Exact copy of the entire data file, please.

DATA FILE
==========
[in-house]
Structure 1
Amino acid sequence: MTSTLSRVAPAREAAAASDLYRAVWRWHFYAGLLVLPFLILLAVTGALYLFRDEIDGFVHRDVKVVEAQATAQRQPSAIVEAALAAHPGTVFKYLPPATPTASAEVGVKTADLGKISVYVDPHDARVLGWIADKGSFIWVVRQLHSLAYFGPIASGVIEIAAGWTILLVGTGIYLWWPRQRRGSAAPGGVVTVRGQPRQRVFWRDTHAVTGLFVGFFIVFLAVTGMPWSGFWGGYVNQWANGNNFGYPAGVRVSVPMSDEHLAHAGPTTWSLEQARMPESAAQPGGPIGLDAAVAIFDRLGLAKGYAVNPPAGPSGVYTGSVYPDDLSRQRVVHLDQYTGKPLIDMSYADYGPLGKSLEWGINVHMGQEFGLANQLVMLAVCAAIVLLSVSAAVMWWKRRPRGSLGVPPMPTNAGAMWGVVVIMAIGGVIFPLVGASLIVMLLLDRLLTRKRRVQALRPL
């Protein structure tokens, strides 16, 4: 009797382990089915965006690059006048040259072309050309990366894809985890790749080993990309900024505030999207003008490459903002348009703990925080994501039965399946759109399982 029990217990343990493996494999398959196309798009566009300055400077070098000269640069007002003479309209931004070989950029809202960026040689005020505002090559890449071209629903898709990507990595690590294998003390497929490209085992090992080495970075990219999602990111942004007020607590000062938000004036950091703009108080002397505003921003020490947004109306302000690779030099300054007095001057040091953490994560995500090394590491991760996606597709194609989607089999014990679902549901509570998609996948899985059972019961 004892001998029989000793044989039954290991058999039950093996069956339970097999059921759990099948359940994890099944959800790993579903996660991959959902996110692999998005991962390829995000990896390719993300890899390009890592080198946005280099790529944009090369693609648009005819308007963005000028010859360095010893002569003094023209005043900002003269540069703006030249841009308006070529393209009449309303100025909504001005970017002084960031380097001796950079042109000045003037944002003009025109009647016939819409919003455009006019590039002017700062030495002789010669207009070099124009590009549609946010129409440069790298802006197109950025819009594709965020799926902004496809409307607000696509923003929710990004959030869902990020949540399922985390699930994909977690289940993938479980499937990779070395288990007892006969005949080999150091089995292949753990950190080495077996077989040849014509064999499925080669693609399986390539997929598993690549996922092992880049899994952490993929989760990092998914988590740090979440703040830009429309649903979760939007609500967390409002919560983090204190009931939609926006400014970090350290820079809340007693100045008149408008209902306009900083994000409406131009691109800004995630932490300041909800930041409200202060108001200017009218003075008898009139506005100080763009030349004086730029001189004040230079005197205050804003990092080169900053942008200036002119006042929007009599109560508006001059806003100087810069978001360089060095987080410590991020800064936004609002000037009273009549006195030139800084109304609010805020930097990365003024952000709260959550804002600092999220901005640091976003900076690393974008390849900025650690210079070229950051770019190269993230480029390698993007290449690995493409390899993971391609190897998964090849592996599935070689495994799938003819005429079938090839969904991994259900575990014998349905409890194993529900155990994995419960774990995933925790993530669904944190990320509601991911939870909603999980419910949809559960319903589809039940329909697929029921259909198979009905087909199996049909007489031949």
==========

[in-house]
Structure 1
Amino acid sequence: MTSTLSRVAPAREAAAASDLYRAVWRWHFYAGLLVLPFLILLAVTGALYLFRDEIDGFVHRDVKVVEAQATAQRQPSAIVEAALAAHPGTVFKYLPPATPTASAEVGVKTADLGKISVYVDPHDARVLGWIADKGSFIWVVRQLHSLAYFGPIASGVIEIAAGWTILLVGTGIYLWWPRQRRGSAAPGGVVTVRGQPRQRVFWRDTHAVTGLFVGFFIVFLAVTGMPWSGFWGGYVNQWANGNNFGYPAGVRVSVPMSDEHLAHAGPTTWSLEQARMPESAAQPGGPIGLDAAVAIFDRLGLAKGYAVNPPAGPSGVYTGSVYPDDLSRQRVVHLDQYTGKPLIDMSYADYGPLGKSLEWGINVHMGQEFGLANQLVMLAVCAAIVLLSVSAAVMWWKRRPRGSLGVPPMPTNAGAMWGVVVIMAIGGVIFPLVGASLIVMLLLDRLLTRKRRVQALRPL
């Protein structure tokens, strides 16, 4: 009797382990089915965006690059006048040259072309050309990366894809985890790749080993990309900024505030999207003008490459903002348009703990925080994501039965399946759109399982 029990217990343990493996494999398959196309798009566009300055400077070098000269640069007002003479309209931004070989950029809202960026040689005020505002090559890449071209629903898709990507990595690590294998003390497929490209085992090992080495970075990219999602990111942004007020607590000062938000004036950091703009108080002397505003921003020490947004109306302000690779030099300054007095001057040091953490994560995500090394590491991760996606597709194609989607089999014990679902549901509570998609996948899985059972019961 004892001998029989000793044989039954290991058999039950093996069956339970097999059921759990099948359940994890099944959800790993579903996660991959959902996110692999998005991962390829995000990896390719993300890899390009890592080198946005280099790529944009090369693609648009005819308007963005000028010859360095010893002569003094023209005043900002003269540069703006030249841009308006070529393209009449309303100025909504001005970017002084960031380097001796950079042109000045003037944002003009025109009647016939819409919003455009006019590039002017700062030495002789010669207009070099124009590009549609946010129409440069790298802006197109950025819009594709965020799926902004496809409307607000696509923003929710990004959030869902990020949540399922985390699930994909977690289940993938479980499937990779070395288990007892006969005949080999150091089995292949753990950190080495077996077989040849014509064999499925080669693609399986390539997929598993690549996922092992880049899994952490993929989760990092998914988590740090979440703040830009429309649903979760939007609500967390409002919560983090204190009931939609926006400014970090350290820079809340007693100045008149408008209902306009900083994000409406131009691109800004995630932490300041909800930041409200202060108001200017009218003075008898009139506005100080763009030349004086730029001189004040230079005197205050804003990092080169900053942008200036002119006042929007009599109560508006001059806003100087810069978001360089060095987080410590991020800064936004609002000037009273009549006195030139800084109304609010805020930097990365003024952000709260959550804002600092999220901005640091976003900076690393974008390849900025650690210079070229950051770019190269993230480029390698993007290449690995493409390899993971391609190897998964090849592996599935070689495994799938003819005429079938090839969904991994259900575990014998349905409890194993529900155990994995419960774990995933925790993530669904944190990320509601991911939870909603999980419910949809559960319903589809039940329909697929029921259909198979009905087909199996049909007489031949």